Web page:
Saturday, January 16, 2010

Fernandes could complete Hammers takeover on Friday

14 January 2010

The takeover of West Ham United is on schedule to be completed on Friday, and Gianfranco Zola will immediately be handed an injection of substantial funds to buy his way out of relegation trouble.

Tony Fernandes


Tony Fernandes: Air Asia boss a West Ham fan.

ESPN Soccernet has been told that the five lending banks have all agreed to hand over control of the crisis torn East End club in time for Zola to embark on a spending spree before the January transfer window closes.

It should be completed in the next 24 hours and, as ESPN Soccernet reported on Wednesday, Tony Fernandes is in pole position, but is being hotly pursued by former Birmingham City owners David Gold and David Sullivan, with Massimo Cellino, a property developer based in Miami, making a late bid.

Fernandes, the boss of Team Lotus - the returning Formula One outfit - and founder of Air Asia, has already outlined his plans in detail, and has made a very impressive pitch.

Debts have spiralled out of control since the collapse of Landsbanki, the Icelandic bank in which Bjorgolfur Gudmundsson, the former owner of West Ham, held a 41% stake. Although CB Holdings' £100 million asking price has never been met, the equity investment proposed values West ham at around that amount.

Without the takeover going through the Hammers would be hard pressed to stave off relegation, and ultimately will have to face the unsavory act of selling off their best players like Scott Parker and Matthew Upson.

ESPN Soccernet's source comments: "Every day counts if the funds are to be made available to the manager, everyone is acutely aware that time is running out, so minds are focused on trying to tie up a deal as soon as possible. It wouldn't surprise me it if went through on Friday."

The feeling among the lending banks is that Fernandez will be the better long-term investor. With payments spread over a period of time with the capital going into the club to alleviate debts of £75 million, that is of paramount importance.

As for the late intervention of Cellino, that has put the cat among the pigeons, but not without its problems, as he is already an owner of another club - Cagliari - which would cause problems with UEFA. And of course, the Premier League are tightening up their status exploration of any new owners and the source of their funds to buy a club.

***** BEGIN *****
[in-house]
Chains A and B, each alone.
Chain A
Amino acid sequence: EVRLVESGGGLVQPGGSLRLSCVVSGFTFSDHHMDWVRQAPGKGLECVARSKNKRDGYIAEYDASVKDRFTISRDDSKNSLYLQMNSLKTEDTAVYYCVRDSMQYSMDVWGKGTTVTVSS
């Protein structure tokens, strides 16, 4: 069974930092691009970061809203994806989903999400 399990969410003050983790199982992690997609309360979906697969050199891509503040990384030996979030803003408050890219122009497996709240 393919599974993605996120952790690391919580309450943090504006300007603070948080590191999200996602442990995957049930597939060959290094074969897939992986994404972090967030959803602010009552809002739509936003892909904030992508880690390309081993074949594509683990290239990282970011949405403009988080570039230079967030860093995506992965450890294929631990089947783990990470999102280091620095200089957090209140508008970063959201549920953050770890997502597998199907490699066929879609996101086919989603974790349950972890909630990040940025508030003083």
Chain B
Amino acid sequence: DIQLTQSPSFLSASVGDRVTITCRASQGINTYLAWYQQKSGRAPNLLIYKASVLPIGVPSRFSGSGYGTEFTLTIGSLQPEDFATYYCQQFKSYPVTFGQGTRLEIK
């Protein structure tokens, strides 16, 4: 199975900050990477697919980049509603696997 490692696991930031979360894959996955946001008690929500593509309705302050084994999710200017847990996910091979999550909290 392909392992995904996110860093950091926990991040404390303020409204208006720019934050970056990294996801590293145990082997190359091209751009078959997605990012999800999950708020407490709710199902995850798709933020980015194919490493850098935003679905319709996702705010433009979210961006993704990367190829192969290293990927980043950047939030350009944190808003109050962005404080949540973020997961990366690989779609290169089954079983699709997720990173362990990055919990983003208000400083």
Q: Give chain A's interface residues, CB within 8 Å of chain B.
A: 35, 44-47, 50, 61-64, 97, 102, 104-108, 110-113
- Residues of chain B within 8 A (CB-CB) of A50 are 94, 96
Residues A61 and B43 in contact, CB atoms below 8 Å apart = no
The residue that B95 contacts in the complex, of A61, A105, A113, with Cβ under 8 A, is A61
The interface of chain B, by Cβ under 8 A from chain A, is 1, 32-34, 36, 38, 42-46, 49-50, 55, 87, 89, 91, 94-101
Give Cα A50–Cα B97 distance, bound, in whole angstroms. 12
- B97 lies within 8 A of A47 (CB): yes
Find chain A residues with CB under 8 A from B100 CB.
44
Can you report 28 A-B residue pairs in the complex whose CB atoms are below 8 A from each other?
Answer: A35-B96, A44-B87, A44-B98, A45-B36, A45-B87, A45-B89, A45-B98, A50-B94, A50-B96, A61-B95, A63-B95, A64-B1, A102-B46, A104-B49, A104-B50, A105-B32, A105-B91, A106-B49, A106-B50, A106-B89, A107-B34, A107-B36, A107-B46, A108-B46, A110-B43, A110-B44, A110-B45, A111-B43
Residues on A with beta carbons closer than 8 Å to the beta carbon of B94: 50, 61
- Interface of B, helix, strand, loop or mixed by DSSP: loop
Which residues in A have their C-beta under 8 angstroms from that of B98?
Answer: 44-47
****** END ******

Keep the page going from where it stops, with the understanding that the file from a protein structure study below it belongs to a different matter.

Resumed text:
Rothschild, the investment bank appointed by CB Holdings to handle the sale, is sure to play a prominent role in scrutinising the source of funds, which has also caused Canary Wharf based InterMarket to fall down the list of potential purchasers.

Cellino has been reported in the press as saying that he is acting as a frontman for an unidentified consortium, but ESPN Soccernet has been told that he has so far suggested he would be a potential purchaser in his own right.

The 54-year-old's fortune is apparently accrued from running his family's commercial farming and property business, before taking control of Cagliari in 1992. He convinced Zola to return to his homeland club after his hugely successful spell with Chelsea.

He moved to Miami three years ago, but remains an active president of the club, attending the majority of their matches. He also serves as vice-president of the Italian League and has maintained close links with Zola and Gianluca Nani, the Italian who is West Ham's technical director, so his connections with Cagliari would need to further scrutinised before he could even be considered a viable alternative bidder.

Cellino is a successful owner at Cagliari, providing the finance for the club's new training ground and sports complex in Assemini and recently announcing plans for a new stadium, the Karalis Arena, which he hopes will form part of Italy's candidacy to host Euro 2016.

Intermarket, the London-based investment company, registered an interest, but City sources have always been sceptical about the source of their funding, while the proposed takeover suffered a setback last weekend with the death of Jim Bowe, the company's chief executive.

By Harry Harris, Football Correspondent

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